The Covid Pandemic ended all that. The coronavirus closed the curtain on moviegoing first by shutting the theaters and then by making it dangerous and unpleasant to sit in a huge room with hundreds of other people for two hours or more.
Last year, I saw exactly none of the Academy Award nominees. No surprise there. We have seen just three movies in a theater in the past two years. And we did that in mid-afternoons when the theaters were almost empty.
Yesterday, the Academy of Motion Picture Arts and Sciences announced the 2023 Academy Award nominees and my reaction was “WTF?”
A Watery World and a Star Wars Ripoff
My first surprise came in realizing that we had seen two and a quarter of the nominated films. The second surprise was wondering why they had been nominated at all.
- We caught Top Gun: Maverick on our small, failing, substandard television at home. I thought it had a fifth-grade script full of cliches, a saccharine and reverential attitude toward Tom Cruise’s Maverick, and a cheesy, overused plot. I saw Star Wars a long time ago and I know when a new movie is ripping off an old one. Does running the Death Star’s trench sound familiar?
- We saw Avatar: The Way of Water on a Thursday afternoon in the theater. It’s visually stunning and, if you plan to see it, definitely go to the theater for a 3D show. But the dialogue was stilted and the plot unoriginal. It uses multiple shopworn tropes, so you know what’s going to happen before it appears on the screen.
- And we watched about a half hour of Everything Everywhere All at Once at home. We love science fiction movies and time travel doesn’t faze us. But this movie struck us as a silly mish-mash involving an unlikable woman who yells at her family and bullies her husband. Then she gets really confused. We turned it off after a half hour.
Grumpy Men / Abusive Woman
With a couple of exceptions, the rest of the nominees hold no interest for me. The major theme of this year’s awards seems to be unlikable people. Consider:
- The Banshees of Inisherin: “Two lifelong friends find themselves at an impasse when one abruptly ends their relationship, with alarming consequences for both of them.”
Translation: Two grumpy codgers spend two hours yelling at one another. I suppose this is the logical extension of the buddy movie—when the bromance ends and they get divorced. The movie stars two men and is directed by a man who also wrote it. Count me out. I would pay money not to see that.
- Tár: “Set in the international world of Western classical music, the film centers on Lydia Tar, widely considered one of the greatest living composer-conductors and the very first female director of a major German orchestra.”
Well, that sounds promising. Except that Lydia Tár is a brutal, abusive authoritarian who treats the people around her and the orchestra members who play for her very badly. That makes it like a musical version of “The Menu,” with concerts instead of dinner. It also gives us another unlikable character. I have spent enough time with difficult, abusive, and offensive bosses to avoid spending money and two hours of my time in the presence of another.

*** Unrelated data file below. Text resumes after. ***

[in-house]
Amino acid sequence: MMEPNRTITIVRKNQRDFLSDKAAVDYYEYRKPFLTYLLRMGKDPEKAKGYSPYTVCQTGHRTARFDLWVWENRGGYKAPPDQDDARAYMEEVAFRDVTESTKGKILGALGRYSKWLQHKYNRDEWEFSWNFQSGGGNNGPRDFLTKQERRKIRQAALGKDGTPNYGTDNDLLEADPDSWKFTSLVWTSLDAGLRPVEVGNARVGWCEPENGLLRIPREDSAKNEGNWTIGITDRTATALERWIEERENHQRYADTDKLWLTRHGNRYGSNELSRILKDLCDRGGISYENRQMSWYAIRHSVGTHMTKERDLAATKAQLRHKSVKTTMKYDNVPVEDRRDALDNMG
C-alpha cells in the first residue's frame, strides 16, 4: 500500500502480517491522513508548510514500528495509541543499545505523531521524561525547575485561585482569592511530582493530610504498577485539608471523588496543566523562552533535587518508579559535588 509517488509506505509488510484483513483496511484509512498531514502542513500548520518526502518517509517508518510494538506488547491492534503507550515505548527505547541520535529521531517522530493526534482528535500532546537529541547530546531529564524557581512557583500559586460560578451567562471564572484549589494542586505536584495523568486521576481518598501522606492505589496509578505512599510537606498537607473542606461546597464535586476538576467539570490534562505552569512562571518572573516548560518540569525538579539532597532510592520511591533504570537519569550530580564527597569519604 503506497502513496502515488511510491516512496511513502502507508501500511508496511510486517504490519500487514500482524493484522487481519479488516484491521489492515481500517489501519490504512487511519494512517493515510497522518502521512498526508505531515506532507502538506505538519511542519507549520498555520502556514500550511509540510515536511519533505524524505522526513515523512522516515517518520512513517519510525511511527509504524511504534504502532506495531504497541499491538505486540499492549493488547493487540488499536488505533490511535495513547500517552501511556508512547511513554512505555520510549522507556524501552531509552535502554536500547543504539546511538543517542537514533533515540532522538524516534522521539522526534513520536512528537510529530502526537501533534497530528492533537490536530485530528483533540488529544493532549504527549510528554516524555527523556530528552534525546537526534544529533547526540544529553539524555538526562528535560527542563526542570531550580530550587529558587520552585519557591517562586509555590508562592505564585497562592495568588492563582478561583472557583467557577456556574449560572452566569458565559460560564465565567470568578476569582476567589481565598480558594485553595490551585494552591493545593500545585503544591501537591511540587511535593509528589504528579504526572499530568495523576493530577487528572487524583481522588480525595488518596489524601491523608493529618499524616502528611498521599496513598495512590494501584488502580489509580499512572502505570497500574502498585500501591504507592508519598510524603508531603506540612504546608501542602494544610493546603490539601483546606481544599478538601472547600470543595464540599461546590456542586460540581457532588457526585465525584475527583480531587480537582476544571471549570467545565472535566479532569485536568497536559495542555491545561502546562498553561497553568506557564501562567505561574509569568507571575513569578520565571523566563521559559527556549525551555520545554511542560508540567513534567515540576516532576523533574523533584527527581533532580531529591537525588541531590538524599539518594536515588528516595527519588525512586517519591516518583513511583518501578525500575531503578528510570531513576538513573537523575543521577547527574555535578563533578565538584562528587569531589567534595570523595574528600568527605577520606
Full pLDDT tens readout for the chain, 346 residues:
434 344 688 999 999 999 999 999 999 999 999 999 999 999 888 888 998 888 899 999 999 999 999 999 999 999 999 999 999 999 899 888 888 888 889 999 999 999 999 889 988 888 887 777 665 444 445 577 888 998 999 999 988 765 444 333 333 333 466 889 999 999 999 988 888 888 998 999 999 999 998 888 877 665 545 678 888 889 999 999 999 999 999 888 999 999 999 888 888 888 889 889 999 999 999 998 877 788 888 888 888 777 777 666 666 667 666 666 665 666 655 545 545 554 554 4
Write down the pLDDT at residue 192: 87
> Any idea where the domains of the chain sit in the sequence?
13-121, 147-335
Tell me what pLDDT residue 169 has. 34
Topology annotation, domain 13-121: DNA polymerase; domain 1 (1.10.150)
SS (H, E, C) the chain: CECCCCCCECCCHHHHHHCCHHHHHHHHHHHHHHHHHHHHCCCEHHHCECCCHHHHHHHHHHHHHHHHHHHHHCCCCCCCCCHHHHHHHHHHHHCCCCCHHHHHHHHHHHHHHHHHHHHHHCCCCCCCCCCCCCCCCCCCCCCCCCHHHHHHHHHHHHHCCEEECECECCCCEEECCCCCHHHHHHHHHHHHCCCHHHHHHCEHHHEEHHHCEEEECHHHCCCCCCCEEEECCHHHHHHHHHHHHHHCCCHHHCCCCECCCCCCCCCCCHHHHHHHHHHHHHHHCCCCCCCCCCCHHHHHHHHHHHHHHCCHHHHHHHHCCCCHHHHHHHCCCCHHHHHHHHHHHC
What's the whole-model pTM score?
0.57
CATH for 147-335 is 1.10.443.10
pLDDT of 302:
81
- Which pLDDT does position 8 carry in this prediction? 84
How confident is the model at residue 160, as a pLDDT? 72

- All Quiet on the Western Front: “A young German soldier’s terrifying experiences and distress on the western front during World War I.”
That gives us another war movie and two hours of PTSD. I don’t know who decided we needed a remake of a WWI movie based on a 1929 novel about extreme physical and mental trauma but I decline to participate. No, thank you.
And so it goes. The only other nominees that even vaguely interest me are The Fabelmans and Women Talking. Neither requires going to a theater. With a little patience, I’ll catch them on TV down the road a bit.
Blockbuster Academy Award Nominees
The pundits are all making a big deal about two blockbuster movies among the nominees. I understand why they were included and it had nothing to do with quality. These are the movies that actually drove fans into theaters and racked up enormous profits. In Hollywood, box office results count for a lot.
As of this Monday, the global box office grosses for these movies total:
- Avatar: The Way of Water — $229,731,601
- Top Gun: Maverick: $718,732,820, making it the fifth highest-grossing movie of all time. And it’s likely to go much higher
Get the picture? The only movies raking in big bucks these days are blockbusters and superhero epics.
The Future of Movies
- They should make only blockbusters and superhero movies from now on.
- Television streaming offers the best outlet for small, art-house “Oscar-bait” movies.
- Hollywood needs to come up with another model for drawing viewers back to empty theaters.
They could start by putting their production dollars into movies that aren’t about nasty, abusive, unlikable characters. People buy tickets to see good stories. Let’s start there.